Hunter Pence poised to make Giants history
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SAN FRANCISCO – There’s no guarantee that Hunter Pence will be a Giant after 19 more games.

But until he hits free agency, he plans to carry his “one more day” mantra into every inning and every at-bat. And as long as he stays healthy, he’ll also do something that no Giant has done in 56 seasons in San Francisco.

If he’s in the lineup 19 more times, Pence would become the first Giant since Alvin Dark in 1954 to start every game in a season. Dark manned shortstop for all 154 regular-season games the Giants played that year, which culminated in a World Series sweep over the Cleveland Indians.

Pence was surprised to hear it’s been that long since a Giant started every game, but the news didn’t make him any more pleased with himself or his looming accomplishment.

“I just do what any professional would do,” he said. “I just try to be ready to play every day.”

At 152 games, Pence’s streak of consecutive starts is the longest among National League players. He’s poised to become the first NL player to start all 162 games in the field (not at DH) since Prince Fielder with the Milwaukee Brewers in 2009. And he’d be the first major league outfielder to start 162 games since Jeff Francoeur with the Atlanta Braves in 2007.

All the while, Pence doesn’t appear to be wearing down. He’s reached base in 17 consecutive games and is hitting .373 over that span (and .337 since the break). One more home run and he’ll become the first Giant to join the 20-homer, 20-steal club since Barry Bonds in 1998.

Not only has Pence started all 143 games thus far, but he’s gone the distance in all but six of them. He’s played 1,264 1/3 innings, sitting out just 13 others in blowout games. (That works out to 98.98 percent of the club’s innings in right field.)

He isn’t playing on cruise control, either. He showed little regard for self-preservation in Sunday’s 3-2 victory over the Diamondbacks, when he sprinted near the wall and caught A.J. Pollock’s foul fly to get Madison Bumgarner back into the dugout. The game went 11 innings. Pence played them all, of course.

Is there any point this season when he’s felt tired?

“Nope,” he said. “I feel pretty good. I’ve been very fortunate to be fresh and to feel healthy.”

[REWIND: Bochy has no desire to interrupt Pence's streak]

You can quantify value in so many ways these days, but it’s hard to put a number on energy, on that ability to be ready to go at full throttle day after day, in an afternoon game following a night game, after a cross-country flight, in those extra-inning games, etc.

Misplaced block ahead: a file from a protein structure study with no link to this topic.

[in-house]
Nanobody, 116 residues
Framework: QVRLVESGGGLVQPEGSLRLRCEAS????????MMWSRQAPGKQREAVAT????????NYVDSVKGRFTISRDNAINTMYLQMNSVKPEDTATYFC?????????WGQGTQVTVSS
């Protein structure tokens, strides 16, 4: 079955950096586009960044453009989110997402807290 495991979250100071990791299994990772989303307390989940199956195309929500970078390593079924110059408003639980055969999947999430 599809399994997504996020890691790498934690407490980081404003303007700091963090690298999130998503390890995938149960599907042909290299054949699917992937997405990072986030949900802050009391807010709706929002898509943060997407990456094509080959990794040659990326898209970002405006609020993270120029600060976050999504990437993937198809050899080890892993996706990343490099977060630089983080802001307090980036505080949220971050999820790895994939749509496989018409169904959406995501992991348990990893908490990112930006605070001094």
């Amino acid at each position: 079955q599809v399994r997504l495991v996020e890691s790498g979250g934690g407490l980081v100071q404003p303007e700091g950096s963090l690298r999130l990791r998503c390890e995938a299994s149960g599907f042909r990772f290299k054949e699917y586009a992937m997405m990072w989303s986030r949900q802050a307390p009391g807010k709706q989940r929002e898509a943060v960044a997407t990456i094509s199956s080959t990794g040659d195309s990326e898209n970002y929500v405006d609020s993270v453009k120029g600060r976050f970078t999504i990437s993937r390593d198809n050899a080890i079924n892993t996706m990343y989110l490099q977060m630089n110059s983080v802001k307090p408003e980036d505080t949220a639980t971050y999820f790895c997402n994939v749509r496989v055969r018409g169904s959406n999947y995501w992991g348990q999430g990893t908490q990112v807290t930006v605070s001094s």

Energy is more important than ever in this era of drug testing. You can’t just pop amphetamines or spike the coffee pot like you could in past eras.

How is Pence able to maintain his frenetic energy?

“If I answer completely honestly, I’d say it’s a balance between eating, resting and genetics,” he said. “Some of it is just being fortunate.”

Pence’s paleo diet has been well documented. But he’s mixing in more carbs these days. He found he was cramping too much while subsisting on mostly lean protein, plus heaping plates of kale and olive oil.

Maybe the most tired part of his body were his jaws from doing all that chewing.

Other Giants have played in every game. Pedro Feliz did it most recently, in 2006, when the Giants played a 161-game schedule; he started 155 and came off the bench in the other six.

The last Giant to play 162 regular-season games was Will Clark in 1988, when he started 157 and came off the bench in the others. Barry Bonds played in all 144 games, starting 143, in the strike-shortened 1995 season.

There were only three other times a Giant played 162 regular-season games in a season, and each of them occurred in 1962. Willie Mays and Orlando Cepeda played in 162 while Jose Pagan actually played in 164. The catch: the club played 165 games that year, when the National League was decided in a three-game tiebreaker.

To find the last Giant to start every game in a season, you have to go back to New York, and Dark, and the year that Mays made his famous basket catch at the Polo Grounds.

Actually, Dark might have had an even more impressively iron-man season one year before that. In 1953, he started 154 of 155 games: 108 at shortstop, 26 at second base, five at third, 14 in the outfield and one, believe it or not, at pitcher.

OK, so don’t expect Pence to take the mound. Unless the Giants ask him.

He’d probably go into that at full throttle, too.